By Phil Roberts…
A city that is set on a hill cannot be hid. Especially when it sits next to one of Canada’s most esteemed academic institutions, Simon Fraser University (SFU). UniverCity is a sustainable community which offers suburban living in an urban context within a unique setting atop Burnaby Mountain.
SFU founded its Community Trust (formerly known as the Burnaby Mountain Community Corporation) in 1993 with the idea to construct a community that would generate income for the university endowment and support a legacy of teaching and research. UniverCity is realization of that idea, and has become a model for practical and affordable sustainability throughout the world.
Though the strategy for UniverCity began in the early-90’s, the concept for a sustainable community next to SFU was actually initiated 30 years earlier in 1963 by Arthur Erickson and Geoffrey Massey, the venerable Canadian architects who helped design the SFU campus.
The urban design and master planning of UniverCity was done by Hotson Bakker Architects (now DIALOG). Each resident is within 5 minutes walking distance to the main thoroughfare, University High Street, and live in residences with buoyant names such as Verdant, Harmony and Aurora. The diversity of the clientele living in the community informed a diversity in housing type, facade materials and neighbourhoods. To take advantage of air currents for ventilation purposes, taller buildings were put on the higher parts of Burnaby Mountain and low-rise structures on lower elevations. UniverCity is not a monolithic community of sameness, but through the many facets of its design recognizes that not everyone is looking for the same thing. UniverCity is not filled with students and faculty alone (40% of residents have some affiliation with SFU). Families with young children make up 28% of the community’s residents, which is equal to the average for Metro Vancouver.
The amenities also add to the sustainability of UniverCity, keeping residents on-site as much as possible. There is a 23,000 square foot grocery store, an elementary school and a childcare centre, which is expected to be the first building in Canada to meet the Living Building Challenge™.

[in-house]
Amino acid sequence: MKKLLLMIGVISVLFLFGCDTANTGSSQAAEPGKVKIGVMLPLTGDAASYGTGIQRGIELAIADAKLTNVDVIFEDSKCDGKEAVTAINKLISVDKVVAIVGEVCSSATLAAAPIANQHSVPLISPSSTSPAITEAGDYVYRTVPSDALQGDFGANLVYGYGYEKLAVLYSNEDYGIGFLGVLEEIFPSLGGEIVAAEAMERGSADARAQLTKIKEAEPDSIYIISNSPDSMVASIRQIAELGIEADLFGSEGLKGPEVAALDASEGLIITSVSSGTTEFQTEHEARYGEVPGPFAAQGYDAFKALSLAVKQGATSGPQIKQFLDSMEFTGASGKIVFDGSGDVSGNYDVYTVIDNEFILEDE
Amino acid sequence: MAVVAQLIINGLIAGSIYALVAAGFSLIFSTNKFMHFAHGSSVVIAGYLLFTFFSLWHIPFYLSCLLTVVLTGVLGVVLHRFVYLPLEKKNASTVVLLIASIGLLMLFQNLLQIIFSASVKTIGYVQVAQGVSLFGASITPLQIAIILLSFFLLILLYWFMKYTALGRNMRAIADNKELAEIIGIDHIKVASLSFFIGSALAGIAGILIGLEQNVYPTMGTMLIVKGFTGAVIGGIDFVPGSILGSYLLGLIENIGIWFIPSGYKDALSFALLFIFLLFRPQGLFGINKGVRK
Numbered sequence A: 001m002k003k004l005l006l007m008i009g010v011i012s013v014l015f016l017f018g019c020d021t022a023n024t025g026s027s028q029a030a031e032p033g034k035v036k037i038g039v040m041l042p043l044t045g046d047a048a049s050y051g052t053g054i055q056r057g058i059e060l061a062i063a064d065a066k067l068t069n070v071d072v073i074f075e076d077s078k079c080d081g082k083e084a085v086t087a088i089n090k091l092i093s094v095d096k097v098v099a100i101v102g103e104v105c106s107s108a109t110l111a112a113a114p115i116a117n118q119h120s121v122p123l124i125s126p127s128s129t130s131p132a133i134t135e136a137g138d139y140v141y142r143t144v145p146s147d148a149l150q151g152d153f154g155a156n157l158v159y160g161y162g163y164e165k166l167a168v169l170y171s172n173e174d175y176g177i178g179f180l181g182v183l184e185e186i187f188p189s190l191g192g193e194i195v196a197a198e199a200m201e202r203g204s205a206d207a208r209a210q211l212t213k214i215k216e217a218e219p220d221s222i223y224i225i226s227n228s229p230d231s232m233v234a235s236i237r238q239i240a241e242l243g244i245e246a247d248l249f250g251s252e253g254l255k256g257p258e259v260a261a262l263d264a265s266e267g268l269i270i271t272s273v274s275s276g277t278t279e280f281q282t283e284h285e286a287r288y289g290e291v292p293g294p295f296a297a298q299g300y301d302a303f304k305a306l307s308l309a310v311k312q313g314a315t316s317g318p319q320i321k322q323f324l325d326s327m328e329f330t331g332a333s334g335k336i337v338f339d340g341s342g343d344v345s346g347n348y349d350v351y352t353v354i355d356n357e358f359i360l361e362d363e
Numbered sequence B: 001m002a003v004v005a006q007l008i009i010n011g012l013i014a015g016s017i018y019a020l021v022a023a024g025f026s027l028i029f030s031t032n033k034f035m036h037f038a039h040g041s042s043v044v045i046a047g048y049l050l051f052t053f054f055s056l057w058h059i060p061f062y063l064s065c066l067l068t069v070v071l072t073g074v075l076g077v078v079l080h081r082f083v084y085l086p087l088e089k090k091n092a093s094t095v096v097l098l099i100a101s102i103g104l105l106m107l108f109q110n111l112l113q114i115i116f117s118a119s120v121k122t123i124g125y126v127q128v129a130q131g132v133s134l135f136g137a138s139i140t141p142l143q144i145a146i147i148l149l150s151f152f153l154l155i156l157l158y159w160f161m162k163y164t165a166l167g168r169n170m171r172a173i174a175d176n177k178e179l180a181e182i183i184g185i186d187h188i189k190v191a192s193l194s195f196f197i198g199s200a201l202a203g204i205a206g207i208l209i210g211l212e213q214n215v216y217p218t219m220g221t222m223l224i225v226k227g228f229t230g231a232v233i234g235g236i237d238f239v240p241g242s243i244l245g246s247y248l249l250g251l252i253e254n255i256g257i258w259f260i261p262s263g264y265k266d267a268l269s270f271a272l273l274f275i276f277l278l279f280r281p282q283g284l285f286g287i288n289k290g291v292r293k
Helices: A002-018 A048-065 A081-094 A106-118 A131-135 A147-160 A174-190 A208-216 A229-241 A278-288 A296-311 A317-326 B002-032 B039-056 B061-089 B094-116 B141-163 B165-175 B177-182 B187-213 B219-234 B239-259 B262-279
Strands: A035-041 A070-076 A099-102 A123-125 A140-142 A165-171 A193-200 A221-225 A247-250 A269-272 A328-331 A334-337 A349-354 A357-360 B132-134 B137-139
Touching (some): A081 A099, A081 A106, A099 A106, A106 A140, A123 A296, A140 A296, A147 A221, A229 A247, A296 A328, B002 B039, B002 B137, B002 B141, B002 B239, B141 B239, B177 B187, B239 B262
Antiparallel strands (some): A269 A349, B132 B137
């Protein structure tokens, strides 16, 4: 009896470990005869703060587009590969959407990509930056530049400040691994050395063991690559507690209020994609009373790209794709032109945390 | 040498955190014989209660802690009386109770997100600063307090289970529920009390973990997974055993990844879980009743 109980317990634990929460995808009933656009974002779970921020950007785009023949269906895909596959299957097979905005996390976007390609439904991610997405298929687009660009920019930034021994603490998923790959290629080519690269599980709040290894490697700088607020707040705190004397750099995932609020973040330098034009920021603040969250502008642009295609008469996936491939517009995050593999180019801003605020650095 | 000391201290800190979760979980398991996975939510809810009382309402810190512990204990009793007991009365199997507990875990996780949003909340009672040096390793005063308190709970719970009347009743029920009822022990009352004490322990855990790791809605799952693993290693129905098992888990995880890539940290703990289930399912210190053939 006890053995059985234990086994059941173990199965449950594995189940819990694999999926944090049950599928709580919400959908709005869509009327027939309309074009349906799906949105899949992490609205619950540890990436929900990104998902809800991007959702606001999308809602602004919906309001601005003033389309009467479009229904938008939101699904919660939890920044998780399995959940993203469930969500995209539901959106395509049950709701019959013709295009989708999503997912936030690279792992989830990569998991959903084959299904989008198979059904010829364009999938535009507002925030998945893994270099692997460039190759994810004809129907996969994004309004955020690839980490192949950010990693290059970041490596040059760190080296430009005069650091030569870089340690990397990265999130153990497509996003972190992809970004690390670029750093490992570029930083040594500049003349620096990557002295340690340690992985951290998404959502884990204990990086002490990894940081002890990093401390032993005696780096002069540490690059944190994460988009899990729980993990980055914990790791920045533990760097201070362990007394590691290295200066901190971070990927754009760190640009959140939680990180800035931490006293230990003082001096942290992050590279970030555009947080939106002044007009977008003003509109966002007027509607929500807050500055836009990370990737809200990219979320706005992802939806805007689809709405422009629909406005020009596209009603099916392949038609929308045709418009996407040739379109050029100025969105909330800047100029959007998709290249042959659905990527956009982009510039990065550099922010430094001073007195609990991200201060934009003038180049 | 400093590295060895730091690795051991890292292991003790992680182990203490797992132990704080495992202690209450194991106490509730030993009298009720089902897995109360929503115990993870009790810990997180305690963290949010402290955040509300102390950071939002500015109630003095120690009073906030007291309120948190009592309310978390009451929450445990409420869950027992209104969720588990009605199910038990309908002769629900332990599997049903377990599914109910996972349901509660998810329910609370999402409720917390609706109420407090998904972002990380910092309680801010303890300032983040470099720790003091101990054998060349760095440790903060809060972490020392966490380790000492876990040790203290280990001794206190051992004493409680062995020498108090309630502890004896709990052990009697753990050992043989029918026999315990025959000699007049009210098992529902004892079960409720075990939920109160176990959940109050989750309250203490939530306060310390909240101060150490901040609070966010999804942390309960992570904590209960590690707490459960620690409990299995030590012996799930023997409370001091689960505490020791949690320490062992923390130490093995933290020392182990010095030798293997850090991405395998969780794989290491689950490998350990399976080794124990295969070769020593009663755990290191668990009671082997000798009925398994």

In terms of energy consumption, the community uses a biomass-based district energy system which will reduce greenhouse gas emissions from every building by more than 60%, and eliminates the need for each building to have its own hot water tanks or boilers. There is no air conditioning system in any of the buildings, though all windows can be opened. Keeping the indoor air quality refreshed is an important standard for the development. On the street, lamp posts and other forms of exterior illumination are all down-lit, reducing the amount of light emitted into the night sky. Reducing pollution of all kinds is what UniverCity strives to achieve.
There is a potent sense of community among residents, who may be in different phases of life, but find commonality in improving the quality of life in their forward-thinking community. Residents and the university are very involved in the development of UniverCity, through the Burnaby Mountain Residents Association and the SFU Community Association Granting Program. Such is the verve that residents have for their community that 93% of them say that they would recommend UniverCity to family and friends as a place to live. Resident surveys provide an abundance of useful information which is used for the planning of services and amenities in the community.
Providing livable, affordable, and sustainable spatial experiences in a topographical setting offering delightful views of the surrounding areas is what makes UniverCity a highly attractive place to live. Even the relationship between pedestrians, cyclists and motorists is a peaceful one, which certainly is an enormous plus. Burnaby City Council has already approved it expansion. The community wants to be model for similar communities on a larger scale around the world. Representatives from UniverCity go abroad to talk about the project and the world comes to UniverCity to observe the replicable city on a hill.
Phil Roberts is the creative director of sixty7 Architecture Road.